History of cricket in India from 1918–19 to 1945

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This article describes the history of cricket in India from the 1918-19 season until the end of the Second World War in 1945.

Events[edit]

The Ranji Trophy was launched as India's national championship following a meeting of the Board of Control for Cricket in India (BCCI) in July 1934 and the competition began in the 1934-35 season. The trophy was donated by the Maharajah of Patiala but named after KS Ranjitsinhji ("Ranji"), even though he barely played any of his cricket in the country. Ranji had died on 2 April 1933. The first winner was Bombay. Since then India has undergone many changes in its cricket history.

Domestic cricket[edit]

Bombay Quadrangular winners[edit]

Bombay Pentangular winners[edit]

Ranji Trophy winners[edit]

Leading players by season[edit]

The lists below give the leading first-class runscorers and wicket-takers in each domestic season.

Batsmen[edit]

  • 1918-19:

kalpesh (cpt.) Sandy (w/k) Kalyansingh Atul Praful Rupesh Prashant Yatin

Bowlers[edit]

  • 1918-19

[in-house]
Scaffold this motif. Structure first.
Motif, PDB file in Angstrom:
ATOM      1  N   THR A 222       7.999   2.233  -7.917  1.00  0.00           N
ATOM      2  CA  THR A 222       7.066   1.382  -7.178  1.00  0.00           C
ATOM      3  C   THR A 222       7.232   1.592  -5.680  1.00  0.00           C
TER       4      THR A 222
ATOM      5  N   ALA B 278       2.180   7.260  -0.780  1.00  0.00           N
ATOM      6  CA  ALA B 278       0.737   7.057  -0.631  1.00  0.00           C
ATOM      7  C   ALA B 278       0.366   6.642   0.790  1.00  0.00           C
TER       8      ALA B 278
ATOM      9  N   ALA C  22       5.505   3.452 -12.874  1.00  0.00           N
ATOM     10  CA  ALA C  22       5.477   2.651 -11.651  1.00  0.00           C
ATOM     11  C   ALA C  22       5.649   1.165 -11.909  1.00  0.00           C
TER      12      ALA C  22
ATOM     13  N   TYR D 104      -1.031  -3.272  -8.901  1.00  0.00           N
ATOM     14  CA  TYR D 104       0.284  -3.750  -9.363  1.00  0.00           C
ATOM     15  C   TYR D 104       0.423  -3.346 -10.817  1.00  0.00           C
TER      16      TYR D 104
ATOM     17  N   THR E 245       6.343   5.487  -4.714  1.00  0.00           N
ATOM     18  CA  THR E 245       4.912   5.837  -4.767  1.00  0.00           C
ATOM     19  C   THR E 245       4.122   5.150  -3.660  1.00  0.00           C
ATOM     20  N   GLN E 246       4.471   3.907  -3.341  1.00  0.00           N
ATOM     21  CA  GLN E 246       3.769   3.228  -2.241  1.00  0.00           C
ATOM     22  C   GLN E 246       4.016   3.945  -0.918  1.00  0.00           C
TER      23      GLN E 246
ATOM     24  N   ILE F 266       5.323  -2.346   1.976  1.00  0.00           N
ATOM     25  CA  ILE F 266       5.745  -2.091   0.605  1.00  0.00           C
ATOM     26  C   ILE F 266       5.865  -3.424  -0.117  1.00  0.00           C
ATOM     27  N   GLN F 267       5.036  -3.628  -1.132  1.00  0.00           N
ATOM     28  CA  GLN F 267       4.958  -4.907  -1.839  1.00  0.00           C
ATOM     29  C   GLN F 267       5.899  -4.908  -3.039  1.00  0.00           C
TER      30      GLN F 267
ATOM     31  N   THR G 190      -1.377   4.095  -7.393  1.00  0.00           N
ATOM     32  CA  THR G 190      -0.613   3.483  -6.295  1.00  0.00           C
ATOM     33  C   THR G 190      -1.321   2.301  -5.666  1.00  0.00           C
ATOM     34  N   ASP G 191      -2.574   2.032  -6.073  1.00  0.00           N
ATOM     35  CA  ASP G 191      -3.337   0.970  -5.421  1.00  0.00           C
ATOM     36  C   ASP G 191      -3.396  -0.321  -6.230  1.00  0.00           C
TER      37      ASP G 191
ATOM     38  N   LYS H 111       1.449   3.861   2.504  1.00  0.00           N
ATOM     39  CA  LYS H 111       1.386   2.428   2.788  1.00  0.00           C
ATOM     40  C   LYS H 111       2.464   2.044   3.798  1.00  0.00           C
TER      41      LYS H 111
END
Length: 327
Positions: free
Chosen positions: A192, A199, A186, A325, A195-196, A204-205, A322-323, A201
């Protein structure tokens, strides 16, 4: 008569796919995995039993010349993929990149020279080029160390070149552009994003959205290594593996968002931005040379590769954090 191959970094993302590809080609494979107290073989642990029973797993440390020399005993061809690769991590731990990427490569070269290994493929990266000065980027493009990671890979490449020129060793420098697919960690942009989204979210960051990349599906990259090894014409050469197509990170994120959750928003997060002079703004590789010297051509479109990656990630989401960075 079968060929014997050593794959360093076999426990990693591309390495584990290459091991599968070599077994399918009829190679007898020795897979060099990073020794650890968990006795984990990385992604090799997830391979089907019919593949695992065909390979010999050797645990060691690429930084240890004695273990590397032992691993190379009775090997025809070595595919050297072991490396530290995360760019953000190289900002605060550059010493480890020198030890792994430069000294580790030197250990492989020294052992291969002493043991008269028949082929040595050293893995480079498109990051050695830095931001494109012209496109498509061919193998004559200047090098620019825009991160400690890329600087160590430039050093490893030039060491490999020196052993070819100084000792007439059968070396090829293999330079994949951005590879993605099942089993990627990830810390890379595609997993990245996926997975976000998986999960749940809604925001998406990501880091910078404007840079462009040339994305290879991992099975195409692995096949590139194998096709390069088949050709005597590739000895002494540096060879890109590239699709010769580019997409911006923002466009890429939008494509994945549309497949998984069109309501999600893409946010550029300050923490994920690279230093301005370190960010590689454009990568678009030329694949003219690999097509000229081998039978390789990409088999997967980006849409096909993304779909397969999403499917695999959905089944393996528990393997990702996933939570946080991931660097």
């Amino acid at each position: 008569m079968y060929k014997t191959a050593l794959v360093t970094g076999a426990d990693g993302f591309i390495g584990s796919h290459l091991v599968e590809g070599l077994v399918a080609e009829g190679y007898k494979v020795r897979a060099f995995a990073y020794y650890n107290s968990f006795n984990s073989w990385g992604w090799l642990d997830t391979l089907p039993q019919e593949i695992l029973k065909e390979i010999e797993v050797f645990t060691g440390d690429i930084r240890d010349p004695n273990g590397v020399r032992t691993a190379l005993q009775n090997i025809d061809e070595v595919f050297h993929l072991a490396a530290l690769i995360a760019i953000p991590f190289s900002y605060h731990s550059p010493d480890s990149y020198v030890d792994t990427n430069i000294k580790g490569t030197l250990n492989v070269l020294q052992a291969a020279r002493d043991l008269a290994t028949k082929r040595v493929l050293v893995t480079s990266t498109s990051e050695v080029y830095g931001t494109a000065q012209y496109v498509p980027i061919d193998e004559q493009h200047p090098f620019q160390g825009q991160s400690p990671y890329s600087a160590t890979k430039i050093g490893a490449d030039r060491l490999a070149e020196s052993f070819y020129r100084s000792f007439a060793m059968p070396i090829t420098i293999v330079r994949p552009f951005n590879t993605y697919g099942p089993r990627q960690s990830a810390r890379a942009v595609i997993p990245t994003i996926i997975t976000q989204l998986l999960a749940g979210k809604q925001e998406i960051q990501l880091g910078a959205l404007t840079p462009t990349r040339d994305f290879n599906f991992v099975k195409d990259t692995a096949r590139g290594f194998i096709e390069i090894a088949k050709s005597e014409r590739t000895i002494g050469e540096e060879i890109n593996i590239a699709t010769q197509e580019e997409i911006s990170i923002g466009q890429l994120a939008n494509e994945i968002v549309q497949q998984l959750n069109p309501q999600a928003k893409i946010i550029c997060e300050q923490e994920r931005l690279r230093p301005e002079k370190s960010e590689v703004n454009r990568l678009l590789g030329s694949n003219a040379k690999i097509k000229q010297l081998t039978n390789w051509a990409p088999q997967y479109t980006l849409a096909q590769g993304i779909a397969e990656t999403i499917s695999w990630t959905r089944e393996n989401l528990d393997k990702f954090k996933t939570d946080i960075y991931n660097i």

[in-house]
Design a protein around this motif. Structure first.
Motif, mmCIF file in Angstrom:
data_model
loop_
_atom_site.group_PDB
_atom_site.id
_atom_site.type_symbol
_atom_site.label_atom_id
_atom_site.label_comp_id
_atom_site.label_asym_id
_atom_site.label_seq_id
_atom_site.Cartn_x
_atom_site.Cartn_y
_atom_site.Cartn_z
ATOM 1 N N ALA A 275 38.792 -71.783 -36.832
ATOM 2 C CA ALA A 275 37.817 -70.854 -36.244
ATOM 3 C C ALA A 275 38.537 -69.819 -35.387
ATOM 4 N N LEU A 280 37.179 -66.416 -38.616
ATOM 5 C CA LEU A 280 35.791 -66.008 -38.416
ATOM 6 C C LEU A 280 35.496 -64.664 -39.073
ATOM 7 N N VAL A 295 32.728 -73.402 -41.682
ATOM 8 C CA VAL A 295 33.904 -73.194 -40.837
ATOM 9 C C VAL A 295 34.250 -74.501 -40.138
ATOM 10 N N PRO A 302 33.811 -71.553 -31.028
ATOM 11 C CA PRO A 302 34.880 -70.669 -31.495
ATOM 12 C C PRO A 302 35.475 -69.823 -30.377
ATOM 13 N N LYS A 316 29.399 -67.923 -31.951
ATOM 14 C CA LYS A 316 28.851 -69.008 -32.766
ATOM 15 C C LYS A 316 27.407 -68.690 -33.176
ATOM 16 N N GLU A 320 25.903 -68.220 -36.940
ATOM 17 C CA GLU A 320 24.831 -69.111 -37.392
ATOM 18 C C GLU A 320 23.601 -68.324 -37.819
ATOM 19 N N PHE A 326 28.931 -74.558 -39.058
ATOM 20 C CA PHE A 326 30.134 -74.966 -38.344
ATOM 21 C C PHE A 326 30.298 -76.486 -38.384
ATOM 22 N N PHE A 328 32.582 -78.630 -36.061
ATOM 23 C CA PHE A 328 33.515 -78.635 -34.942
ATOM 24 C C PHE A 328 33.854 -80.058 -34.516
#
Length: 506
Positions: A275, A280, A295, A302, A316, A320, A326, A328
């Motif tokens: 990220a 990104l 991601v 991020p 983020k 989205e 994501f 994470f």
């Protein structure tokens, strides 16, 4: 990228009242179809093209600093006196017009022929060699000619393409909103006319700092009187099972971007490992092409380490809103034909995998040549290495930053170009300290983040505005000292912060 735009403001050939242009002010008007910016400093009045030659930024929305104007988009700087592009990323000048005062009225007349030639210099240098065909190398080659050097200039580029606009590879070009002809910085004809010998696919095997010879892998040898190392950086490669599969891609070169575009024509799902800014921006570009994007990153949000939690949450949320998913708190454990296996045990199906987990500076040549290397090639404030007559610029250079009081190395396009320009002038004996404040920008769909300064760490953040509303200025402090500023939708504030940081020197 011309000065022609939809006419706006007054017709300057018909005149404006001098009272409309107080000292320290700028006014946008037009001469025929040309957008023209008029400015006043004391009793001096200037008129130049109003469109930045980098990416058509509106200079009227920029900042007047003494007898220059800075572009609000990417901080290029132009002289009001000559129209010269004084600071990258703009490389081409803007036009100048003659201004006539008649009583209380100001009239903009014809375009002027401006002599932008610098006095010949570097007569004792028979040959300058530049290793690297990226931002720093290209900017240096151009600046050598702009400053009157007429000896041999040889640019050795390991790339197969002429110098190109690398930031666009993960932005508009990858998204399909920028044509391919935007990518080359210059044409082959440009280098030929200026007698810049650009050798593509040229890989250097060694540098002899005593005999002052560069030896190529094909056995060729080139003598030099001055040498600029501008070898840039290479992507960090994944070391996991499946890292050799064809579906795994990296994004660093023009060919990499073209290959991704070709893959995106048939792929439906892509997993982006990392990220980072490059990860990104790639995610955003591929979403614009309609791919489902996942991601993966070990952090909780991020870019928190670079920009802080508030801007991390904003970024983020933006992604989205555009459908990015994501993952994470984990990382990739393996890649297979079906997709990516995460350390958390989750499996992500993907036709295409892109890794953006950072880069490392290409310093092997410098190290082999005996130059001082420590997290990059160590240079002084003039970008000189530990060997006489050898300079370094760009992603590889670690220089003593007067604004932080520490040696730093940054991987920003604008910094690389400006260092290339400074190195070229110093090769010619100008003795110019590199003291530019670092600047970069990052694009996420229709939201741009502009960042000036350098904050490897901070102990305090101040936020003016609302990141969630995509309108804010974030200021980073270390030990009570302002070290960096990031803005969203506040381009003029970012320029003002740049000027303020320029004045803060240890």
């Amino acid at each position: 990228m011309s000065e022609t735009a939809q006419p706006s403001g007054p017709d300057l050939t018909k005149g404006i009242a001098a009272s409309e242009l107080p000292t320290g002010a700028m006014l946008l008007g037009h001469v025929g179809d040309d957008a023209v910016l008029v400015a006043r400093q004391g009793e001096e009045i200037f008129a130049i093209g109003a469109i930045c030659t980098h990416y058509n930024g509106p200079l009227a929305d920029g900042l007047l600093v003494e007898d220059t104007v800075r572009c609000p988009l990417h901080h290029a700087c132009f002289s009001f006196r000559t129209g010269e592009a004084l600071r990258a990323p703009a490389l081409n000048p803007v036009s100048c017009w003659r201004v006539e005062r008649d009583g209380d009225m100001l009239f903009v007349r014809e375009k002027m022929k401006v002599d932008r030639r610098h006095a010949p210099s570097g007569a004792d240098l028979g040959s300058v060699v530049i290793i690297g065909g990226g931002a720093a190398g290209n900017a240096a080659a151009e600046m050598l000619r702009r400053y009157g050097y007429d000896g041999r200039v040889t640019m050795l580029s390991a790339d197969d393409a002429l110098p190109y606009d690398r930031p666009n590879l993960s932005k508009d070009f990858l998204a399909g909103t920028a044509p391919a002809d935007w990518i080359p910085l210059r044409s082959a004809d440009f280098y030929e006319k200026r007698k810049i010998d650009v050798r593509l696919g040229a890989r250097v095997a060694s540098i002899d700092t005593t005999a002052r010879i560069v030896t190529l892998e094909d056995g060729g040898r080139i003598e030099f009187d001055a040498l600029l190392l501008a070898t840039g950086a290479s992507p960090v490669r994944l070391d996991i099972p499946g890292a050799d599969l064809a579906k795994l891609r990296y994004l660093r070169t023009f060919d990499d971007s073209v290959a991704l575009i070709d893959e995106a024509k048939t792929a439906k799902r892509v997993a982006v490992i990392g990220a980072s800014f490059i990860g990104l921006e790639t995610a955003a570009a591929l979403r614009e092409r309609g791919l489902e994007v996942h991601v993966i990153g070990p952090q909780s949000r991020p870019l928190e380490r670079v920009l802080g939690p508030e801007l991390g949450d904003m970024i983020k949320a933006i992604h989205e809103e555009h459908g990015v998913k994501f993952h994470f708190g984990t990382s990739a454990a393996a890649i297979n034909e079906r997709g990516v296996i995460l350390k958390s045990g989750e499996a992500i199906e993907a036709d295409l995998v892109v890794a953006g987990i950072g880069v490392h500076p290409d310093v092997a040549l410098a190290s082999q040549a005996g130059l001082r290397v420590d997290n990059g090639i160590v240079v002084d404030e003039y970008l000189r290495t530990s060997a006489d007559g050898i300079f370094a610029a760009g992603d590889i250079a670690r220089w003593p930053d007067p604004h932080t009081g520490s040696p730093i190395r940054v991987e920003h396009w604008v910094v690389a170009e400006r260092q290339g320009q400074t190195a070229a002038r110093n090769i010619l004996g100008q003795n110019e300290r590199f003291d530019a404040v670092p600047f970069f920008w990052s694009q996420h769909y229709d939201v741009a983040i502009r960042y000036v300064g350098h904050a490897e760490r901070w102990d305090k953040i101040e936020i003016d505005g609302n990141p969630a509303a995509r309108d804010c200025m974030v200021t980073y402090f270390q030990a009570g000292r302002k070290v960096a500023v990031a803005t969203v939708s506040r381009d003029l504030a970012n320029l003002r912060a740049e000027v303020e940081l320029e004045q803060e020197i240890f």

Sandy Praful Milind Bhoite Amit anand Atul Rupesh

International cricket[edit]

India's debut in Test cricket was in the 1932 English season when they played England at Lord's Cricket Ground. England won by 158 runs.

International tours of India[edit]

MCC 1926-27[edit]

The MCC tour was from October 1926 to February 1927. Captained by Arthur Gilligan, the team played 26 first-class matches in India and a further four first-class matches in Ceylon. Team members included Maurice Leyland, Andy Sandham, Bob Wyatt, Arthur Dolphin, George Geary, Ewart Astill and George Brown.

Maharaj Kumar of Vizanagram's XI 1930-31[edit]

This team, which also visited Ceylon, played six matches in India. It included Jack Hobbs and Herbert Sutcliffe.

Ceylon 1932-33[edit]

England 1933-34[edit]

This tour featured the first Test series ever played in India. England won the series 2-0 with 1 match drawn:

Australia 1935-36[edit]

For information about this tour, see : Australian cricket team in Ceylon and India in 1935-36

Lord Tennyson's XI 1937-38[edit]

Lord Tennyson's team played some matches.

Ceylon 1940-41[edit]

External sources[edit]

Further reading[edit]

  • Rowland Bowen, Cricket: A History of its Growth and Development, Eyre & Spottiswoode, 1970
  • Vasant Raiji, India's Hambledon Men, Tyeby Press, 1986
  • Mihir Bose, A History of Indian Cricket, Andre-Deutsch, 1990
  • Ramachandra Guha, A Corner of a Foreign Field - An Indian History of a British Sport, Picador, 2001